For downlink retransmission schemes, such as HARQ, an ACK/NACK feedback may be provided by stealing the transmit power control (“TPC”) bits. For example, stealing one (1) or two (2) bits for every 20 ms interval may have a negligible impact on the power control of the system. It should be noted that all sectors in an active set receiving an ACK may not receive the second sub-frame transmission (e.g., DTX'ed). For the purposes of the present disclosure, an active set may consist of sector(s) with which each user may be in communication simultaneously.

Referring to FIG. 2, an embodiment of the present invention of a retransmission scheme is shown. More particularly, FIG. 2 depicts a hybrid ARQ operation for the uplink. In the uplink direction, Walsh codes are not shared across the users. A frame of 20 ms, for example, may be divided into two 7.5 ms frames and one 5 ms inter sub-frame gap. Here, a user may retransmit in the second sub-frame if a NACK is received from the base station.

For RL HARQ operation, an ACK/NACK feedback may be provided on the FL through a channel, such as the common power control channel (“CPCCH”), for example. Different users may be allocated different bit positions in the exemplary CPCCH slot. It is also possible here to steal TPC bits for use in providing ACK/NACK feedback. For example, stealing one (1) or two (2) bits for every 20 ms interval may have negligible impact on power control. Users in simplex (e.g., communicating with a single sector) may decode an ACK from the serving cell, while users in a soft handoff (“SHO”) may try to decode ACK signal from all the sectors in the active set. The second sub-frame transmission is not transmitted (e.g., DTX'ed) if at least one sector positively acknowledges the first sub-frame.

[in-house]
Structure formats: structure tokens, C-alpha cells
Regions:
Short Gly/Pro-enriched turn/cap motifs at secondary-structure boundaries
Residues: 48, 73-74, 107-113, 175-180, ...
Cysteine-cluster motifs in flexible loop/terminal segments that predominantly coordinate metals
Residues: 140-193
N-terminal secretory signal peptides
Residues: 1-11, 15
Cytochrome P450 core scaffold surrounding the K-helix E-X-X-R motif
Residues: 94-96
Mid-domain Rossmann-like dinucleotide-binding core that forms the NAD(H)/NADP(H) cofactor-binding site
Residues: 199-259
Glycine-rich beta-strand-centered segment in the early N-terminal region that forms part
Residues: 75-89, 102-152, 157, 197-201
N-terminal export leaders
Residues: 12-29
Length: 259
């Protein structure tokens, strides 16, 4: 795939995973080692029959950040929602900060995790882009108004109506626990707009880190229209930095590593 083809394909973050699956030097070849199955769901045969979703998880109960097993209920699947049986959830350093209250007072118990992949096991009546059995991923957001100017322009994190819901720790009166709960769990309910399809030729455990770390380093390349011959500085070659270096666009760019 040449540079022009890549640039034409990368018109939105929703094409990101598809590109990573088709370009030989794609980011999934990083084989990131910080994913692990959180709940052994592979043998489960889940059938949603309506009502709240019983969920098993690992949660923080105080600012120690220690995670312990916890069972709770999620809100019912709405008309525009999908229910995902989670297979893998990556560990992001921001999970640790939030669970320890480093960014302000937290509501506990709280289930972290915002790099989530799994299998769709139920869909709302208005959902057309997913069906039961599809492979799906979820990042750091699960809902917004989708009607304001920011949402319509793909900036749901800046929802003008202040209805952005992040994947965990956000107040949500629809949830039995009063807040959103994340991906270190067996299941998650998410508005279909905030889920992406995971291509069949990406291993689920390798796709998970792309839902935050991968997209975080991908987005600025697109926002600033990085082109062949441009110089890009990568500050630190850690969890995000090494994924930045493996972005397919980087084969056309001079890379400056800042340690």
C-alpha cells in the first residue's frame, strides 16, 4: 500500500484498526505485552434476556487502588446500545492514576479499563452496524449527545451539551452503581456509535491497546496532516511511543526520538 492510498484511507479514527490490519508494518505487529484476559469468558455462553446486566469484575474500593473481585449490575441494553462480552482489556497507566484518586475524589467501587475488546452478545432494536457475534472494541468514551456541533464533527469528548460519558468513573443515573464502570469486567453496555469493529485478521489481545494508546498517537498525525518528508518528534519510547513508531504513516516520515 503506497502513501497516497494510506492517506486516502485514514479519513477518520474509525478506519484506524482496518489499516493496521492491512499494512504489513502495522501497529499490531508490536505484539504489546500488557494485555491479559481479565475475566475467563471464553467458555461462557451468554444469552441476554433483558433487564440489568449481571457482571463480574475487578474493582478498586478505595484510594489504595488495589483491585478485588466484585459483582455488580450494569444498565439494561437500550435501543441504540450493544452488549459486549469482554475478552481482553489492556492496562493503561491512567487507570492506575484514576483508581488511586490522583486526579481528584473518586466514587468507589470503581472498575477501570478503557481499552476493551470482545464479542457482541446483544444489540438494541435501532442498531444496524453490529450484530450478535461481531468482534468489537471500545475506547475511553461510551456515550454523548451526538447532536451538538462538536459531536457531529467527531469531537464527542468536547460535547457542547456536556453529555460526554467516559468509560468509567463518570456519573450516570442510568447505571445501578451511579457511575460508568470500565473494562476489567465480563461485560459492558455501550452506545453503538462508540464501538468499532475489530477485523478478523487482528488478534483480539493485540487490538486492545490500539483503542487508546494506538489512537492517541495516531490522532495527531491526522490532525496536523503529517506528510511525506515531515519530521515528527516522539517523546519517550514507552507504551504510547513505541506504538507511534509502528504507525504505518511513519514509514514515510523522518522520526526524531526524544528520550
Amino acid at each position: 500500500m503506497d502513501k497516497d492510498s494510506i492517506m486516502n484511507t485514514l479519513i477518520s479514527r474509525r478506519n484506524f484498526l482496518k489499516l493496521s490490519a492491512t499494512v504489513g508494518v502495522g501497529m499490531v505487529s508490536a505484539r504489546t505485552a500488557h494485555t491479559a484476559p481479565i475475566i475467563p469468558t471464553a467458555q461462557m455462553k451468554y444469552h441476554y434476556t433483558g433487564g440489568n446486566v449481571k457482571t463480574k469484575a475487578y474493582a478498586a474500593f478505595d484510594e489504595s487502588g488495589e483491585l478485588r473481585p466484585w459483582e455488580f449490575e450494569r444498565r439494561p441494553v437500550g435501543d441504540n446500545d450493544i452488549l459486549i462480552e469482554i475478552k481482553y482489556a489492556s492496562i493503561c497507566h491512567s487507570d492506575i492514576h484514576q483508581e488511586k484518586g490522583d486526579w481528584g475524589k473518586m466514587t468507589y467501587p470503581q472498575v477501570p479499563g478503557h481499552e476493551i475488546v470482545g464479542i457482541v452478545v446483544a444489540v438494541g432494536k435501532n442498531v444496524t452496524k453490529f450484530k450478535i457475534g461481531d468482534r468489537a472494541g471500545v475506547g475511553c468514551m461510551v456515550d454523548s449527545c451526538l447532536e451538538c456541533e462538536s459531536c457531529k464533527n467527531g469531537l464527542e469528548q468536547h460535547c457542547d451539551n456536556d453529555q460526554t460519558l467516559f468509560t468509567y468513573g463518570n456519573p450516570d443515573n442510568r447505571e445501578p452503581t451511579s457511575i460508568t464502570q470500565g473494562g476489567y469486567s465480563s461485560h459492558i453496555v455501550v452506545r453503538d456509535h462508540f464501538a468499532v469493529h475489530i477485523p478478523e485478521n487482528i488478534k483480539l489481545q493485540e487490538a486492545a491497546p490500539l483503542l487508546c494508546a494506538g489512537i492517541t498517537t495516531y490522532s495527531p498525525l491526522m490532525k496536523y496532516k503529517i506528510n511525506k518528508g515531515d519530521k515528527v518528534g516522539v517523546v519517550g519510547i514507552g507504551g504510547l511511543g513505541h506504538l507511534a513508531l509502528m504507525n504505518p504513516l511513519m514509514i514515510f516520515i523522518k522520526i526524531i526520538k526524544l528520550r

Transmissions from different users may be offset by an integer number of slots, as shown in FIG. 3. This allows for the avoidance of overlapping sub-frames from different users and may maximize the benefit from DTX'ing the second sub-frame. It should also be noted that DTX'ing at the second sub-frame on the downlink may make a greater base station power fraction (e.g., Ec/Ior) available for other users, while DTX'ing on the uplink may reduce both intra-cell and inter-cell interference.